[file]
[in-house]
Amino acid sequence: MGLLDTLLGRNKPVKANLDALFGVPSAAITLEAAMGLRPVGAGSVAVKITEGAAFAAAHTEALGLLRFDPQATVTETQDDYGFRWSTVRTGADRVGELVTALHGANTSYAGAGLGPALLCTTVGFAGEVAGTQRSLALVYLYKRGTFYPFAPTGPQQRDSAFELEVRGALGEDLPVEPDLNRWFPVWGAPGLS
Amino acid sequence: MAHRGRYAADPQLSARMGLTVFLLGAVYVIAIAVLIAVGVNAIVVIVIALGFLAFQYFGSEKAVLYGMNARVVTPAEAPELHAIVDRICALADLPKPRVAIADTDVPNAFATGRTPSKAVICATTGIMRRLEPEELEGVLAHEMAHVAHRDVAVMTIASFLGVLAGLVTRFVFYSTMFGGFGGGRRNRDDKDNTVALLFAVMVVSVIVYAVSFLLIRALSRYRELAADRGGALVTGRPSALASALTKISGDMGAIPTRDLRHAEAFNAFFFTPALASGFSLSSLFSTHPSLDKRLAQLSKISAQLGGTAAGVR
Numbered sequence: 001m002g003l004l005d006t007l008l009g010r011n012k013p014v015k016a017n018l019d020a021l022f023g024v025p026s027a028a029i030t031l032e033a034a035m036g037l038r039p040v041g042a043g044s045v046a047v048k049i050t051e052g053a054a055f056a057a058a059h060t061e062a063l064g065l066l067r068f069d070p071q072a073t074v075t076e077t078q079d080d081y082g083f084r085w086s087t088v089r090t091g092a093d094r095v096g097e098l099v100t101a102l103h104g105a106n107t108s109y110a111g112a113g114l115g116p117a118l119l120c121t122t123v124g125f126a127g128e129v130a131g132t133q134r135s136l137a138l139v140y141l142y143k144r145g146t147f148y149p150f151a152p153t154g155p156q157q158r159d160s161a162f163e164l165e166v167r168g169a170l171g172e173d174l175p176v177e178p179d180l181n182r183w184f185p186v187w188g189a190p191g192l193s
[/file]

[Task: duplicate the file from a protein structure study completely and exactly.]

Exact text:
[in-house]
Amino acid sequence: MGLLDTLLGRNKPVKANLDALFGVPSAAITLEAAMGLRPVGAGSVAVKITEGAAFAAAHTEALGLLRFDPQATVTETQDDYGFRWSTVRTGADRVGELVTALHGANTSYAGAGLGPALLCTTVGFAGEVAGTQRSLALVYLYKRGTFYPFAPTGPQQRDSAFELEVRGALGEDLPVEPDLNRWFPVWGAPGLS
Amino acid sequence: MAHRGRYAADPQLSARMGLTVFLLGAVYVIAIAVLIAVGVNAIVVIVIALGFLAFQYFGSEKAVLYGMNARVVTPAEAPELHAIVDRICALADLPKPRVAIADTDVPNAFATGRTPSKAVICATTGIMRRLEPEELEGVLAHEMAHVAHRDVAVMTIASFLGVLAGLVTRFVFYSTMFGGFGGGRRNRDDKDNTVALLFAVMVVSVIVYAVSFLLIRALSRYRELAADRGGALVTGRPSALASALTKISGDMGAIPTRDLRHAEAFNAFFFTPALASGFSLSSLFSTHPSLDKRLAQLSKISAQLGGTAAGVR
Numbered sequence: 001m002g003l004l005d006t007l008l009g010r011n012k013p014v015k016a017n018l019d020a021l022f023g024v025p026s027a028a029i030t031l032e033a034a035m036g037l038r039p040v041g042a043g044s045v046a047v048k049i050t051e052g053a054a055f056a057a058a059h060t061e062a063l064g065l066l067r068f069d070p071q072a073t074v075t076e077t078q079d080d081y082g083f084r085w086s087t088v089r090t091g092a093d094r095v096g097e098l099v100t101a102l103h104g105a106n107t108s109y110a111g112a113g114l115g116p117a118l119l120c121t122t123v124g125f126a127g128e129v130a131g132t133q134r135s136l137a138l139v140y141l142y143k144r145g146t147f148y149p150f151a152p153t154g155p156q157q158r159d160s161a162f163e164l165e166v167r168g169a170l171g172e173d174l175p176v177e178p179d180l181n182r183w184f185p186v187w188g189a190p191g192l193s